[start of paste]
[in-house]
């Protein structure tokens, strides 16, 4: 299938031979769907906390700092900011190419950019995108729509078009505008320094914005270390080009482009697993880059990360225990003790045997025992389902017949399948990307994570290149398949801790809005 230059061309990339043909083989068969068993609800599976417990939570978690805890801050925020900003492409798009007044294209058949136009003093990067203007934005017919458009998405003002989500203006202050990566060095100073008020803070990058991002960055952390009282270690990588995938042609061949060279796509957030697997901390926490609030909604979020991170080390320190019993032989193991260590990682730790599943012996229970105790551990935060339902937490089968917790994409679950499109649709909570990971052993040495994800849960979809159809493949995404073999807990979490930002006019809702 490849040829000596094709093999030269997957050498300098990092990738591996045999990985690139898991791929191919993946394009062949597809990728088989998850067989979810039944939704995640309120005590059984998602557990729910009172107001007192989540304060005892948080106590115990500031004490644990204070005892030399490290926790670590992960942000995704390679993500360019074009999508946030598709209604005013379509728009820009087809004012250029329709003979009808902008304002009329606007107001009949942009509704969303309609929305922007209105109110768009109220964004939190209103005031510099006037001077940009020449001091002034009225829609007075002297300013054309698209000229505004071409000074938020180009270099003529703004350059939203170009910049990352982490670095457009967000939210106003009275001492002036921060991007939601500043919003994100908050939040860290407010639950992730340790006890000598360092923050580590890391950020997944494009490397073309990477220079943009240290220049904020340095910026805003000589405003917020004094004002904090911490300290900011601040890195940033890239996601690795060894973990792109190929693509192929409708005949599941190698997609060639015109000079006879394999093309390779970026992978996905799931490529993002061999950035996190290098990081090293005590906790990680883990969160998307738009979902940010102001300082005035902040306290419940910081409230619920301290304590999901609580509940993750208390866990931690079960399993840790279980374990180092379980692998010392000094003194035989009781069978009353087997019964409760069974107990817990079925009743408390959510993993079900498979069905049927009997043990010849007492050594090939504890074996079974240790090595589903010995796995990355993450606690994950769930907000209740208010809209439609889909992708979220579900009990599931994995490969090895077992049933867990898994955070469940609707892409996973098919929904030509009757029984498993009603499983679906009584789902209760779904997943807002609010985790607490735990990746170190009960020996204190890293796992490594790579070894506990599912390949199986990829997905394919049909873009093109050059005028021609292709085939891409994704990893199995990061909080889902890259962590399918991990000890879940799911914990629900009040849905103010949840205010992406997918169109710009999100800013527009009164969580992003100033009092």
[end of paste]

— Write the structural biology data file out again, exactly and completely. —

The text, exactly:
[in-house]
């Protein structure tokens, strides 16, 4: 299938031979769907906390700092900011190419950019995108729509078009505008320094914005270390080009482009697993880059990360225990003790045997025992389902017949399948990307994570290149398949801790809005 230059061309990339043909083989068969068993609800599976417990939570978690805890801050925020900003492409798009007044294209058949136009003093990067203007934005017919458009998405003002989500203006202050990566060095100073008020803070990058991002960055952390009282270690990588995938042609061949060279796509957030697997901390926490609030909604979020991170080390320190019993032989193991260590990682730790599943012996229970105790551990935060339902937490089968917790994409679950499109649709909570990971052993040495994800849960979809159809493949995404073999807990979490930002006019809702 490849040829000596094709093999030269997957050498300098990092990738591996045999990985690139898991791929191919993946394009062949597809990728088989998850067989979810039944939704995640309120005590059984998602557990729910009172107001007192989540304060005892948080106590115990500031004490644990204070005892030399490290926790670590992960942000995704390679993500360019074009999508946030598709209604005013379509728009820009087809004012250029329709003979009808902008304002009329606007107001009949942009509704969303309609929305922007209105109110768009109220964004939190209103005031510099006037001077940009020449001091002034009225829609007075002297300013054309698209000229505004071409000074938020180009270099003529703004350059939203170009910049990352982490670095457009967000939210106003009275001492002036921060991007939601500043919003994100908050939040860290407010639950992730340790006890000598360092923050580590890391950020997944494009490397073309990477220079943009240290220049904020340095910026805003000589405003917020004094004002904090911490300290900011601040890195940033890239996601690795060894973990792109190929693509192929409708005949599941190698997609060639015109000079006879394999093309390779970026992978996905799931490529993002061999950035996190290098990081090293005590906790990680883990969160998307738009979902940010102001300082005035902040306290419940910081409230619920301290304590999901609580509940993750208390866990931690079960399993840790279980374990180092379980692998010392000094003194035989009781069978009353087997019964409760069974107990817990079925009743408390959510993993079900498979069905049927009997043990010849007492050594090939504890074996079974240790090595589903010995796995990355993450606690994950769930907000209740208010809209439609889909992708979220579900009990599931994995490969090895077992049933867990898994955070469940609707892409996973098919929904030509009757029984498993009603499983679906009584789902209760779904997943807002609010985790607490735990990746170190009960020996204190890293796992490594790579070894506990599912390949199986990829997905394919049909873009093109050059005028021609292709085939891409994704990893199995990061909080889902890259962590399918991990000890879940799911914990629900009040849905103010949840205010992406997918169109710009999100800013527009009164969580992003100033009092």